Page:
A man (Thomas Sadoski) starts to believe that his new friend (Jake Robinson) who he’s working alongside him on the town newspaper might be a sociopath. Known only as The Narrator and The Kid, the two men get locked into an unspoken battle with The Narrator attempting to prove that The Kid is mimicking him and lying about his own life.
‘The Mimic’ is the latest film from Thomas F. Mazziotti and it’s an existential comedy in the vein of ‘I Heart Huckabees’. Giving no names to any of its characters, and for the most part concentrating solely on two characters, the film could easily be translated into a play. With fast-paced dialogue and quick exchanges, there’s a lot to take in over a short space of time and I’m fairly sure the film will sail over a lot of people’s heads.
Mazziotti injects sophisticated and nuanced dialogue into the mouths of The Narrator and The Kid, who spend much of the film swapping observations about one another and questioning what they know of each other’s lives. The Narrator is convinced that The Kid is unable to be an individual in his own right, instead believing that The Kid is basing his very being on him. Shot in almost episodic scenes, there’s no particularly strong plot that binds the film together so it’ll very much depend on if you buy into the bizarre ride that unfolds.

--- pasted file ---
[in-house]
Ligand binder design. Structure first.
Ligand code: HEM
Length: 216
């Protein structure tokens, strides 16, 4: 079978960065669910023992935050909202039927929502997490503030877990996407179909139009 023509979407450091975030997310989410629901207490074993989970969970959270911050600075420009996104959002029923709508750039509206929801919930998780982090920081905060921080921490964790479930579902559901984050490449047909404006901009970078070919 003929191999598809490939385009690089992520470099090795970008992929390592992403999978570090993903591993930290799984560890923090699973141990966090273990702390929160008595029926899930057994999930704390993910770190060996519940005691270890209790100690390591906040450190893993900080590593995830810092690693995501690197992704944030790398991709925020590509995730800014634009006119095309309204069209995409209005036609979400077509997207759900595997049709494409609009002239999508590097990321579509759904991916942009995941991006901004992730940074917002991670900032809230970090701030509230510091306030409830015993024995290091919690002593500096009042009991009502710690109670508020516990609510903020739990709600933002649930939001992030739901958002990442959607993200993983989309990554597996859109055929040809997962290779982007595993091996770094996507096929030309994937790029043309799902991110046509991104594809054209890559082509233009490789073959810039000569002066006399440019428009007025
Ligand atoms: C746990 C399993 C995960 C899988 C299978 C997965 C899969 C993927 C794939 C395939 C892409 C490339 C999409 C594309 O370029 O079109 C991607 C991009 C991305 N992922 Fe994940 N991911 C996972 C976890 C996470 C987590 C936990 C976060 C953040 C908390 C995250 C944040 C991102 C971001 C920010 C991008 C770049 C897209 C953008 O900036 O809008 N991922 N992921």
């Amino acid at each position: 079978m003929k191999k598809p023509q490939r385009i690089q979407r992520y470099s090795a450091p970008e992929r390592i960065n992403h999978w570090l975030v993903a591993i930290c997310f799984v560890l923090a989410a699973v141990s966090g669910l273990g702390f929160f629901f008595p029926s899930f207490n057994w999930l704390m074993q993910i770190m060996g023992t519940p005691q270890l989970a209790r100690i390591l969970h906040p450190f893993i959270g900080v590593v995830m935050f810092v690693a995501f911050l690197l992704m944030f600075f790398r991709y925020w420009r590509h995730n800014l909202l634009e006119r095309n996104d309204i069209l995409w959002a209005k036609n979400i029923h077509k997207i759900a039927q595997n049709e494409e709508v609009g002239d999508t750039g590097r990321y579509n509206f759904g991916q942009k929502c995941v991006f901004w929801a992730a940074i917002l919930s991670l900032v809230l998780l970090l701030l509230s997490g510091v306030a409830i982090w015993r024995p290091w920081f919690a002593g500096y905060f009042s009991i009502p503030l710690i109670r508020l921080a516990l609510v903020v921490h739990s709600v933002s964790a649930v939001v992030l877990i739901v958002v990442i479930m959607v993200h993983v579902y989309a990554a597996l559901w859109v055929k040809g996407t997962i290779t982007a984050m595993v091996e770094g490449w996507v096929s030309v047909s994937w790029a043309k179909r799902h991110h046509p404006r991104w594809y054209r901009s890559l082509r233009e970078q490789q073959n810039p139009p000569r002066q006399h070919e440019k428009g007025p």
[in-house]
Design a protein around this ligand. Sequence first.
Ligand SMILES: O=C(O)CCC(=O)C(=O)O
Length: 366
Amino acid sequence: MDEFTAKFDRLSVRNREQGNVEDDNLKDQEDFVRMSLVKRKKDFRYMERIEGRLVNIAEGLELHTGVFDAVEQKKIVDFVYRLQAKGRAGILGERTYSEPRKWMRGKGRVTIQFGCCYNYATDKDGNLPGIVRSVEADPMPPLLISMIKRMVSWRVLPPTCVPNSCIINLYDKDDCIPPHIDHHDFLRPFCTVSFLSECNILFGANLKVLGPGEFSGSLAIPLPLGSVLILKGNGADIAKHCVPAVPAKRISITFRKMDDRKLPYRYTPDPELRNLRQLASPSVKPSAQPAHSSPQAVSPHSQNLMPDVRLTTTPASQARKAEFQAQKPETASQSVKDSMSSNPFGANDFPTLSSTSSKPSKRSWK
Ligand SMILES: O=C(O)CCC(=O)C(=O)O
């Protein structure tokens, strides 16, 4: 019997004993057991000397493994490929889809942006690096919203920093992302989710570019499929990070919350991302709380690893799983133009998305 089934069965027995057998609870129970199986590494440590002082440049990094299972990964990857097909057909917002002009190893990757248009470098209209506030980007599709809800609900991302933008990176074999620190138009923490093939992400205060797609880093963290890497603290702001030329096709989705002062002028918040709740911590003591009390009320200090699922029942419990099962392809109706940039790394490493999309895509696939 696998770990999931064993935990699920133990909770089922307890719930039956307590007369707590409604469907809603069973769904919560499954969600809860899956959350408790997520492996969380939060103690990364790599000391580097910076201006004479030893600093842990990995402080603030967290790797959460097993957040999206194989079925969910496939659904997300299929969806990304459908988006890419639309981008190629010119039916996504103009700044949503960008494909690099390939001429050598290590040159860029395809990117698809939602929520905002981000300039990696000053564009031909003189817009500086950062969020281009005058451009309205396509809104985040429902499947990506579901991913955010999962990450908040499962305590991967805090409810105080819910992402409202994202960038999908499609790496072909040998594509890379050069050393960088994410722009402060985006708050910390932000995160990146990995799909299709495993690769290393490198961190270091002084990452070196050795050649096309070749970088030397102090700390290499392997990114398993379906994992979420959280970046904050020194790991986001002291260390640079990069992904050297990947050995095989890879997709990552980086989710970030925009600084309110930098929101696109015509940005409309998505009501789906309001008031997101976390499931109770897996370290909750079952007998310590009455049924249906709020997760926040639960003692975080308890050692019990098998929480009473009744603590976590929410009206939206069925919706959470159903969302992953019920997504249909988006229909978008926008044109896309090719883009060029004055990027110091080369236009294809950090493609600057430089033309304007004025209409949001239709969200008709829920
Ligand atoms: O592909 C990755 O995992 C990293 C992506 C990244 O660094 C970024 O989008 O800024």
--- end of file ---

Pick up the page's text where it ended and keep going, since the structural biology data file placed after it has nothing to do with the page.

It’s difficult to truly categorise ‘The Mimic’, which will make it difficult for audiences to appreciate it. On the one hand it’s appealing to an intelligent audience that likes to ponder yet on the other it’s trying to pass itself off as a comedy. Quite honestly, I’m not sure it really succeeds as either. There’s not enough plot to please the viewer and it’s not actually all that funny, but you feel it really ought to have been.
What can’t be criticised is the performances of Thomas Sadoski and Jake Robinson. Both actors are excellent in their respective roles and they throw themselves into Mazziotti’s bizarre world. Whether or not they themselves had any clue what was going on while they were making it is a moot point, but they spar well on screen and make for an entertaining duo. I just wish that they’d had more character to work with.
‘The Mimic’ tries everything it can to keep you off-balance and for most people it’ll succeed but in the process it may put them off. The material here is packed with ideas but it doesn’t really tell a cohesive or coherent enough story to get the audience to buy into it. I’m all for a wacky film that’s trying to do something a bit different but for me, ‘The Mimic’ never really finds its feet.
Cast: Thomas Sadoski, Jake Robinson, Gina Gershon, Jessica Walter Director: Thomas F. Mazziotti Writer: Thomas F. Mazziotti Certificate: Unrated Duration: 81 mins Released by: Gravitas Ventures Release date: 5th February 2021